Using PowerShell Runspaces to Generate GPO Reports



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Stephen Mathews here to talk to you about generating Group Policy Object reports quickly and efficiently. I had a customer ask me if there was an easy way to find all the RunOnce GUIDs in their GPOs. The customer was concerned that they would generate duplicate GUIDs in their deployment of Group Policy Preferences. Yes, there is a chance this could happen… after about 70k years. For a fascinating look into GUID randomness, please check out
GUID guide, part three.

However, the customer’s fears were not unwarranted, because there is still a very real threat of duplicate GUIDs while copying GPOs and GPPs. This problem is documented here Ein Mal und nie wieder – GP Preferences “Apply once” Option. Since I can’t read German, I’m going to give my explanation. The GUIDs are generated automatically when the setting “Apply once and do not reapply” is used inside GPP. All the RunOnce GUIDs are stored in their corresponding Client Side Extension XML files which are nested inside their respective GPO in the SYSVOL\POLICIES share. After Group Policy executes on the target machine the GUID is populated under the “<HIVE>\Software\Microsoft\Group Policy\Client\RunOnce” registry key. A client machine will only have the RunOnce GUIDs from the GPOs that it applies – it will not have them for out-of-scope or filtered policies. So you’d have to parse all the XML files in the SYSVOL\POLICES share – unfortunately the individual GPP XMLs don’t have a parent GPO reference inside them. This means you’ll also have to parse the file path to pull out the GPO GUID and then use a Group Policy or Active Directory call to turn it into a human readable name.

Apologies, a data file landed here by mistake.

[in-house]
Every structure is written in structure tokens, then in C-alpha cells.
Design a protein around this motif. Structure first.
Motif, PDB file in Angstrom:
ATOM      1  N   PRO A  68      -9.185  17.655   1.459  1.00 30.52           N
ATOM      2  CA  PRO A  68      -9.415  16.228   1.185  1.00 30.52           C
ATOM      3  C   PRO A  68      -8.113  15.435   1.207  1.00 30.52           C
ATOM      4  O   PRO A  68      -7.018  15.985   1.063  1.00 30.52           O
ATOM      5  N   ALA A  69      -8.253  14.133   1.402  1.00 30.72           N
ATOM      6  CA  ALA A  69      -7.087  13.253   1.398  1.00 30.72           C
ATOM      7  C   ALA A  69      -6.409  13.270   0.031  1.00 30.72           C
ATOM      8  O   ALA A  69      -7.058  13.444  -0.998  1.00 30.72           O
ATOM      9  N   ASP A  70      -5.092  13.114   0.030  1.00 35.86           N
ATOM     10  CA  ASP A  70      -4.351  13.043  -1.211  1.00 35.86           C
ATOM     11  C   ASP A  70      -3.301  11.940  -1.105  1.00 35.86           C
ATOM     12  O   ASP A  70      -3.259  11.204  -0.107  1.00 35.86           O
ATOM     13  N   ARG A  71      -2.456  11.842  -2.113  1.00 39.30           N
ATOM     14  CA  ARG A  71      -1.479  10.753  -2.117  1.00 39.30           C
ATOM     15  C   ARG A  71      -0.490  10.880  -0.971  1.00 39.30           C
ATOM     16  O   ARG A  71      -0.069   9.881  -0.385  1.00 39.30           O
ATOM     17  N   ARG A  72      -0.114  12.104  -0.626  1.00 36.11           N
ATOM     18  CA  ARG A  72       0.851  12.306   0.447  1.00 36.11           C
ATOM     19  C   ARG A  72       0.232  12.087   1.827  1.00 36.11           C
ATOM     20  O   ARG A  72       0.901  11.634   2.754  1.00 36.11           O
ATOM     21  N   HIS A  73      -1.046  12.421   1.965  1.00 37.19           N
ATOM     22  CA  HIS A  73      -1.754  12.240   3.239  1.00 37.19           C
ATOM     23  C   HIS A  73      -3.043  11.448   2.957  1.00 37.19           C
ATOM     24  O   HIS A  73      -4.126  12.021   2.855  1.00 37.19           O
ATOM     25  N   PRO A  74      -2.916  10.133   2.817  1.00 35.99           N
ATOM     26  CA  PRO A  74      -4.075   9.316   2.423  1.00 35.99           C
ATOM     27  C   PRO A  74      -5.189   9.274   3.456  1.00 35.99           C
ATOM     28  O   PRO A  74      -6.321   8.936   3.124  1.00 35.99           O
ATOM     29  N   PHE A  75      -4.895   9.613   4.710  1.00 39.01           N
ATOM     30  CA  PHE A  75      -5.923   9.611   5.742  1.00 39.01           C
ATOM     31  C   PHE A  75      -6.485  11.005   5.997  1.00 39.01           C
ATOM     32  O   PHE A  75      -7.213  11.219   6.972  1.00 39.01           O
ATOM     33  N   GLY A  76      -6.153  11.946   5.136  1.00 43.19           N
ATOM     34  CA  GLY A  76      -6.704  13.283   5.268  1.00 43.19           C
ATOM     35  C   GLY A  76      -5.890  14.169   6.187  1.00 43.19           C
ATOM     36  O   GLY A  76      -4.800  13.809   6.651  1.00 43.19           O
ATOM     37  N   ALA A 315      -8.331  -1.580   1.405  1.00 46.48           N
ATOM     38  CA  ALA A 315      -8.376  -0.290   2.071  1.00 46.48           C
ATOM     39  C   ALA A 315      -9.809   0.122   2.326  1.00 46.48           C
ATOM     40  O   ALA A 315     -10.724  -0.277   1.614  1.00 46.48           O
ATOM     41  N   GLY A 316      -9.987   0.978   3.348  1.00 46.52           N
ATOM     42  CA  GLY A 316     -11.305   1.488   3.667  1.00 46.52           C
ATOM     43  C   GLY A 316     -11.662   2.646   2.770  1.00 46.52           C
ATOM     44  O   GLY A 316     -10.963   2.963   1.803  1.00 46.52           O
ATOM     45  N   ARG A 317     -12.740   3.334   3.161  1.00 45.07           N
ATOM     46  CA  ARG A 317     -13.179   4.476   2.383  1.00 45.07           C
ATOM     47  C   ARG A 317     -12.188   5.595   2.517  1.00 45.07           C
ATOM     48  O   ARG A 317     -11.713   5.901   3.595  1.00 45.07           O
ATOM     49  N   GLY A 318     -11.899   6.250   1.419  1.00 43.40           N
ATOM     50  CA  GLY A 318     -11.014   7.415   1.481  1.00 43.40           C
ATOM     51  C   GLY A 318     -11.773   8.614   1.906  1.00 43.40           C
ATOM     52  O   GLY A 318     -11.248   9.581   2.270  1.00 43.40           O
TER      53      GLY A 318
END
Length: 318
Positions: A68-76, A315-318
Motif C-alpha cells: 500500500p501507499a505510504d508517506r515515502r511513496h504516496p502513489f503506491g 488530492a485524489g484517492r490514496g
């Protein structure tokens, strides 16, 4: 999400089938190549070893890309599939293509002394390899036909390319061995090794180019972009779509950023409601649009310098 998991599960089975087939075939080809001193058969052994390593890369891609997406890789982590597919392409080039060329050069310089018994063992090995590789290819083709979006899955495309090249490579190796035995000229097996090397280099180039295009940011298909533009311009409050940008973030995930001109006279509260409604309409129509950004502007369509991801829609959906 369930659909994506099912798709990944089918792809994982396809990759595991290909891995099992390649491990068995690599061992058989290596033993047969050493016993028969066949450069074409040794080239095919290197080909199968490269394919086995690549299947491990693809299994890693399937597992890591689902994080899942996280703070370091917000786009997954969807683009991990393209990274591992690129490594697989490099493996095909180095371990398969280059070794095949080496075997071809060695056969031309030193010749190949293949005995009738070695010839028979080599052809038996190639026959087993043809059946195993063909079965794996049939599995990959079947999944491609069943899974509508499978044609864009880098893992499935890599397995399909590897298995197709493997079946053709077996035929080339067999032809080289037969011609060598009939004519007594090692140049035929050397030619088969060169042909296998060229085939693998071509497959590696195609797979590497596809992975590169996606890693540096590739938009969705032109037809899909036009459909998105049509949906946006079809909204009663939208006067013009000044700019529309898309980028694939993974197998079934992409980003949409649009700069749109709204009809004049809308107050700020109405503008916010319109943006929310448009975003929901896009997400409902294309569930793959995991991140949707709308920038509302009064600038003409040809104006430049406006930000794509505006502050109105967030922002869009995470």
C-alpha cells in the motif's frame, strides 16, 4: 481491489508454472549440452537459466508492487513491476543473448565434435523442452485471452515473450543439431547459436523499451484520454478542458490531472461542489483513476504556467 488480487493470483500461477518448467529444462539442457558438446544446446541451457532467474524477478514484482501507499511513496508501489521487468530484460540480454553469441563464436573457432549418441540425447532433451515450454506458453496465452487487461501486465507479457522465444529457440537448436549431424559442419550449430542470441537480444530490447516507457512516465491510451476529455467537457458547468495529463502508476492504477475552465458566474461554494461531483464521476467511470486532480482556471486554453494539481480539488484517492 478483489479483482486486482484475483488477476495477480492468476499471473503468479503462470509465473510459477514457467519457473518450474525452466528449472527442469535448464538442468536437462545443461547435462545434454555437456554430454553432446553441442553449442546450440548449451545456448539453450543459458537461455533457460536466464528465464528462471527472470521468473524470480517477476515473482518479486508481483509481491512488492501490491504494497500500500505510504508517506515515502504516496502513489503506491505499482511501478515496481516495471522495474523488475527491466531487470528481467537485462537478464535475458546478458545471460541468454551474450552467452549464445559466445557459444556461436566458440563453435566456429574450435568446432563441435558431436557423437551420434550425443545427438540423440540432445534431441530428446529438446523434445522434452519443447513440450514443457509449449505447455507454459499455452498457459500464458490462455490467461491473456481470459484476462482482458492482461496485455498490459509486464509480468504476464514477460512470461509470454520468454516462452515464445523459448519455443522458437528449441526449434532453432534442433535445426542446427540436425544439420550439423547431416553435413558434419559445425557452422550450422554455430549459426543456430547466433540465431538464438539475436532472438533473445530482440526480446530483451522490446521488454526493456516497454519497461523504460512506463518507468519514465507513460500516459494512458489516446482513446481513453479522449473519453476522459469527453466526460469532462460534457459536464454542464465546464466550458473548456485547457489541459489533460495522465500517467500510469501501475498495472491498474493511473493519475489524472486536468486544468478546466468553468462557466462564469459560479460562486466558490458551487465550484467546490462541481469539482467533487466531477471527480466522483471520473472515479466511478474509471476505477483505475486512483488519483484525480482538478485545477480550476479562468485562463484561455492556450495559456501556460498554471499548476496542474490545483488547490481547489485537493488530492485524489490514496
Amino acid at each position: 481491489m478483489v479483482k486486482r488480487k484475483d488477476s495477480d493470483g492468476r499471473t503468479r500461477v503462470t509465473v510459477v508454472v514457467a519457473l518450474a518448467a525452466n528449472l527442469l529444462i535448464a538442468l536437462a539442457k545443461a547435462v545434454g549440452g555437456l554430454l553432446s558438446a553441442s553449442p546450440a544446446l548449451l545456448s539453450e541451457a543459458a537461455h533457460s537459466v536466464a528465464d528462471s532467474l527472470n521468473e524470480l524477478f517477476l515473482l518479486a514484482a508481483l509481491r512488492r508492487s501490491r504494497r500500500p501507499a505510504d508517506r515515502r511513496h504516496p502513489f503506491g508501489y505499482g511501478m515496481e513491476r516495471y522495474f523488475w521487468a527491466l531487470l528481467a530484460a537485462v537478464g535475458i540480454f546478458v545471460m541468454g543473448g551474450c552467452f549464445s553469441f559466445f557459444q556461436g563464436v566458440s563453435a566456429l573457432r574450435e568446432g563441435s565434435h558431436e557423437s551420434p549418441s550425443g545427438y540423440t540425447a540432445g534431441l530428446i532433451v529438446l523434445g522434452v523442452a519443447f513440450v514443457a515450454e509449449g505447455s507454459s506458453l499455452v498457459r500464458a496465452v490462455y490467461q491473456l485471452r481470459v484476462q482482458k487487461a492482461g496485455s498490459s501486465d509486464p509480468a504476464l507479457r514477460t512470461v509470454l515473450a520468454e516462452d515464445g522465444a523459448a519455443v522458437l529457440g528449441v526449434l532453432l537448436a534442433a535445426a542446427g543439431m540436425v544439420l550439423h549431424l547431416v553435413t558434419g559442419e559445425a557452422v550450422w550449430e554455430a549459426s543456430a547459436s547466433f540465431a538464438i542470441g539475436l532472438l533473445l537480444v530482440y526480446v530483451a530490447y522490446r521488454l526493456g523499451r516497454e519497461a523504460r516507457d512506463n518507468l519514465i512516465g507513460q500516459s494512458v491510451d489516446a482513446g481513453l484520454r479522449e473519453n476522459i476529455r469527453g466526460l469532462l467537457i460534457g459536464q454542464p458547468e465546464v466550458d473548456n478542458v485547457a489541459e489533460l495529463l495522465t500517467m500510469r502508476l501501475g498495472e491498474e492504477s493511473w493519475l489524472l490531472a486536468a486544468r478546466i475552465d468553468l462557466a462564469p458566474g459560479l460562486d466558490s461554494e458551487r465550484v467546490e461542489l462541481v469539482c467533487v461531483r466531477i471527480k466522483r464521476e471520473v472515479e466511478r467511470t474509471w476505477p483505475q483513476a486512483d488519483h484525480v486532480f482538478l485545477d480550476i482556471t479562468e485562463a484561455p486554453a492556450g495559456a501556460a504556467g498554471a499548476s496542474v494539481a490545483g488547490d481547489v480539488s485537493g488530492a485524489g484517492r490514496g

Luckily the PowerShell Group Policy module does the hard work for you. By using the aptly name Get-GPOReport cmdlet, you can output an entire GPO report that includes all of its CSE XMLs into one either XML or HTML file. The cmdlet by itself will output the report directly into the shell in string format, which you can capture inside a variable or you can cast it directly to an object. For this project I chose to leave them as strings since I’ll be parsing them and I can cast the string to an XML object as needed.

$GPOReportStr Get-GPOReport -Name <NAME> -ReportType Xml
[xml]$GPOReportXMLGet-GPOReport -Name <NAME> -ReportType Xml

You can also generate the report directly from a GPO object using the GenerateReport method.

$GPOReport = (Get-GPO -Name <NAME>).GenerateReport(“XML”)

Here’s the simplest way to collect all the reports.